London hosted the inaugural European FundTech Lab event, where speakers and panellists discussed data, distribution, blockchain and the technology of the future.
A select gathering of Europe’s fund management operations experts met in London on March 22 to participate in the first European FundTech Lab event. The aim was to discuss and debate the most critical issues affecting the industry, from the opportunities offered by new technology to the threats of a conservative culture that fosters too little innovation.
With data the first topic on the agenda, the audience heard from Dr Ruben Lara, chief data officer at Aberdeen Standard Investments. Data may be seen as ‘the new oil’, but the chief data officer role is still in its infancy in the fund management world.
Appointed in December 2016, Lara was previously head of big data analytics at Vodafone and held similar roles at other telcos such as the UAE’s Etihad and Spain’s Telefónica. As he explained, there are lessons to be learned from other industries in how data can be used.
Thanks to advancements in data analytics and the growing demands for reporting from regulators and investors, there is no shortage of data. The challenge for fund managers – of what to do with it all – was discussed by a panel comprising Jamie Stevenson, global head of product management for data and analytics, RBC Investor & Treasury Services (IT&S); Richard Hale, head of business development, UK and Ireland, for regulatory reporting firm Kneip; Jon Willis, chief commercial officer at Calastone; and Dr Lara.
The debate then moved to technology’s impact on front-end operations, from fund distribution to the RFP process and from client onboarding to KYC compliance. This time, the panel was made up of Janusz Lorenc, CEO of software firm Metrosoft; Neil Curham, executive director, Alpha FMC; and Rob Sanders, co-founder of Door, a digital platform for fund due diligence.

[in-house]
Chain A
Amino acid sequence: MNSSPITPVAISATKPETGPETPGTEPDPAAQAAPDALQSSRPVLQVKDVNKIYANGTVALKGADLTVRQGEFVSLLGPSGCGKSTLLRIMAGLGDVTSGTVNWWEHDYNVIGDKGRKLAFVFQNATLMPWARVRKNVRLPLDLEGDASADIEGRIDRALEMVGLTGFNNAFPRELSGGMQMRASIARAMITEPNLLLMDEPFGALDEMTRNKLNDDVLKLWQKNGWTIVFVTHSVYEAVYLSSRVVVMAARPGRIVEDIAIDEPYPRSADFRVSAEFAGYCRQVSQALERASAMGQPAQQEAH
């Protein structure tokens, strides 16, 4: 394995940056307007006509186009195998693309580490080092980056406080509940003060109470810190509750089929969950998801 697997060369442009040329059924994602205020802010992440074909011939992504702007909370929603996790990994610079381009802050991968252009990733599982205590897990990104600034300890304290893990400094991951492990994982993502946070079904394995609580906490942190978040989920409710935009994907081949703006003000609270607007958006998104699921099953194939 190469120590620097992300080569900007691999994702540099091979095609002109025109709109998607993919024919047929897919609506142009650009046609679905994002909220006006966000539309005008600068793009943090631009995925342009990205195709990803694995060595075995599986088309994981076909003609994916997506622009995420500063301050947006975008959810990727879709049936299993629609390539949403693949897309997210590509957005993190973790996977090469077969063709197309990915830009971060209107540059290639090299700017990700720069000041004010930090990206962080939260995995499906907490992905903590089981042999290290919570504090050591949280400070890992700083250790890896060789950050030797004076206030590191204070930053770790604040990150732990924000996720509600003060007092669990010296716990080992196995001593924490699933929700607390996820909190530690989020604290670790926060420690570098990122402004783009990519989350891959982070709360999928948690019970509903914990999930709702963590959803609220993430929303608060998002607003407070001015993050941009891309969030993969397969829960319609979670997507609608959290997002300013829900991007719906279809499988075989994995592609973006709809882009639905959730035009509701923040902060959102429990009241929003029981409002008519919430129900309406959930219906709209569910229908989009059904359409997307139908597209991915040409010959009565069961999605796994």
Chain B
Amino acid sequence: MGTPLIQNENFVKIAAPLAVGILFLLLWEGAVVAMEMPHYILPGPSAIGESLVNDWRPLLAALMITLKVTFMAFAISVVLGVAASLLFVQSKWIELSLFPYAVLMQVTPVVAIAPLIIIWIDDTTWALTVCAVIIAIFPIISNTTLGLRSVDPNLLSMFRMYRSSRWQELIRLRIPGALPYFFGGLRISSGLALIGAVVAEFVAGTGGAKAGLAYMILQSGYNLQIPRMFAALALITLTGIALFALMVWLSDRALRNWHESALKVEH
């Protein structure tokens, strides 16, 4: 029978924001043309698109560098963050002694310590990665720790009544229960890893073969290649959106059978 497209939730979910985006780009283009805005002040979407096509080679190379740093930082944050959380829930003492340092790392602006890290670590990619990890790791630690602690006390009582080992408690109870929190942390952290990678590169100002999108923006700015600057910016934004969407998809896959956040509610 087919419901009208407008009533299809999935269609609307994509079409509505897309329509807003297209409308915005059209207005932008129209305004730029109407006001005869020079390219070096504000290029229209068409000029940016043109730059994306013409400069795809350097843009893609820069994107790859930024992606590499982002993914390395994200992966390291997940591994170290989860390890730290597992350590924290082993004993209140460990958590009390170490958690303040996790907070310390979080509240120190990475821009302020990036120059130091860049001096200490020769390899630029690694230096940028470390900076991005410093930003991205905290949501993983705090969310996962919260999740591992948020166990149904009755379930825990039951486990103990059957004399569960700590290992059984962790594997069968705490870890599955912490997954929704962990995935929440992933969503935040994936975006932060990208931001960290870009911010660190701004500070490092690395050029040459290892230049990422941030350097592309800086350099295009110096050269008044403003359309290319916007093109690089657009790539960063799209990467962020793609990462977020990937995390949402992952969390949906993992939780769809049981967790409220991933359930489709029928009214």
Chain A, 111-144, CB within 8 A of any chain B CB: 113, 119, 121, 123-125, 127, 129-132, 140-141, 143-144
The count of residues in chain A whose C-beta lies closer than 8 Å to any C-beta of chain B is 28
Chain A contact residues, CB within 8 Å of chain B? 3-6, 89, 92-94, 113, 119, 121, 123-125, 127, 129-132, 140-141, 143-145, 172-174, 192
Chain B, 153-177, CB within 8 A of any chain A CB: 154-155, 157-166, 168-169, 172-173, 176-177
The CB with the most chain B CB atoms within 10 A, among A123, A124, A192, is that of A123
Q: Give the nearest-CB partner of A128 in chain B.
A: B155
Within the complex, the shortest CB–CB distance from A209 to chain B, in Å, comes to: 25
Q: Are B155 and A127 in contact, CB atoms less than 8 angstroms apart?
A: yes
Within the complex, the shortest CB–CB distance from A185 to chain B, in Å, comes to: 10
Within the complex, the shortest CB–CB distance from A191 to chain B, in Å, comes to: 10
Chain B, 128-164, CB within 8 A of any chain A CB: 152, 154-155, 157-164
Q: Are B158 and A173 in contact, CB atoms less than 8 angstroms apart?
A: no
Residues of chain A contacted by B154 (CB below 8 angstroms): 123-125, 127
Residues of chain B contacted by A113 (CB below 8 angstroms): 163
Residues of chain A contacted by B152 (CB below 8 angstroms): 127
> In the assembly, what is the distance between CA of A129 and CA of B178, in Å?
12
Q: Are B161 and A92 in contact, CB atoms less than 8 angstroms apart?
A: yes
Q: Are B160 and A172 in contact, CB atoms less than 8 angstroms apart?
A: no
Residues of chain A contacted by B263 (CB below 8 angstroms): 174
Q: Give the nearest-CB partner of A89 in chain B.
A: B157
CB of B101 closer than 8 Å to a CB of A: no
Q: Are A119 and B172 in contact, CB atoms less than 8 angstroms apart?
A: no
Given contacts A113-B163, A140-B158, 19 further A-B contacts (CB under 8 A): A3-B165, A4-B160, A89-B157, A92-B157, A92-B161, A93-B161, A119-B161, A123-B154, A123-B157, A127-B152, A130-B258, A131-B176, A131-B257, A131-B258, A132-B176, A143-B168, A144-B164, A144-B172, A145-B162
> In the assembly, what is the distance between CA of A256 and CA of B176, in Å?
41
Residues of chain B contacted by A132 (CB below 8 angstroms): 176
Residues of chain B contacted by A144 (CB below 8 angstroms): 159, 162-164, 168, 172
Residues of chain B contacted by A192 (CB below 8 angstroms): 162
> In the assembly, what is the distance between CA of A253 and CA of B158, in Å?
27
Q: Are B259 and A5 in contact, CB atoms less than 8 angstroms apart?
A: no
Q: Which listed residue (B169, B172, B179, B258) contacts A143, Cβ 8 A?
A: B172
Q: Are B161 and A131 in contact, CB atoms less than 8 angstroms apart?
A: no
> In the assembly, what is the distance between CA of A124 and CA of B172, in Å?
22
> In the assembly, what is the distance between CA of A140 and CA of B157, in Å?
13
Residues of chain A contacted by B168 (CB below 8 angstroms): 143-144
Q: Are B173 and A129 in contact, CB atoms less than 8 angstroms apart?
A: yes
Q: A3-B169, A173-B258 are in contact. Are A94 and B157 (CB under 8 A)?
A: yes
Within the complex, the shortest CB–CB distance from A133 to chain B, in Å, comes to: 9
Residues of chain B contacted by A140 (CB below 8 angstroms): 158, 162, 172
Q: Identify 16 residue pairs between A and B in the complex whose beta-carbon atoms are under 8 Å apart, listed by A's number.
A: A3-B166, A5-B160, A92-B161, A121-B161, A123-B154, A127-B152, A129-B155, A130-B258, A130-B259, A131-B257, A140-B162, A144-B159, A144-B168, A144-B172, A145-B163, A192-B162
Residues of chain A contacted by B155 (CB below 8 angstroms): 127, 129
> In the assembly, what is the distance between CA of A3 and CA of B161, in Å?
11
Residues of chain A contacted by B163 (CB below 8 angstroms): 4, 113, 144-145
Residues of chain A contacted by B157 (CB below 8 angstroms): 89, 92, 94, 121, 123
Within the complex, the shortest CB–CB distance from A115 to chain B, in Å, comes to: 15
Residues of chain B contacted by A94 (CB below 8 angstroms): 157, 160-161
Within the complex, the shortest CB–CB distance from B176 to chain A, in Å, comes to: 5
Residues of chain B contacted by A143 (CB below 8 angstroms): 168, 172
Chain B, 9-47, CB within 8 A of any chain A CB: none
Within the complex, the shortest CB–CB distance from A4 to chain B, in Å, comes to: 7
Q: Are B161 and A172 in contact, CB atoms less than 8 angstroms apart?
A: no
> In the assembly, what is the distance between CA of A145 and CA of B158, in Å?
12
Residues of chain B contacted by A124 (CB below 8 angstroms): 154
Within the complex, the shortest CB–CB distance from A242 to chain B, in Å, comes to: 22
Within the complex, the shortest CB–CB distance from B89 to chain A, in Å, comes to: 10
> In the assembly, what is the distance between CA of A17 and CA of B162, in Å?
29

No discussion of new technology would be complete without a session on the merits of the blockchain and it was left to Dr Ken Tregidgo, the deputy CEO of Calastone, to explain how distributed ledger technology could impact the industry.
The big winners, he said, will be the firms that manage to look beyond the technology and the changes to business models and learn to think differently.
Blockchain is just one of the new technologies impacting operations, as discussed by a panel comprising Rob Ward, managing director, RBC IT&S; Matt Davey, head of business development, Societe Generale Securities Services; and Phil Davies, CTO and head of product, Milestone Group.
The industry is at an inflexion point, said Davey, with computing power, sophisticated algorithms and vast amounts of data all coming together at once. The danger, though, is that new technology like artificial intelligence is a solution looking for a problem.
Similarly, said Davies, robotics has the potential to improve back-office processes, as long as firms don’t over-invest and are able to adapt to whatever technology comes next.
The final session of the day was left to the consultants – Paul Miller, managing director, Knadel; Jonathan Clark, CEO, Pentagon Consulting; and Steve Young, managing partner, Citisoft – who concluded that the most important issue for fund managers is the culture, and an innate conservatism that, while important for managing other people’s money, is not conducive to harnessing the potential of new technology.
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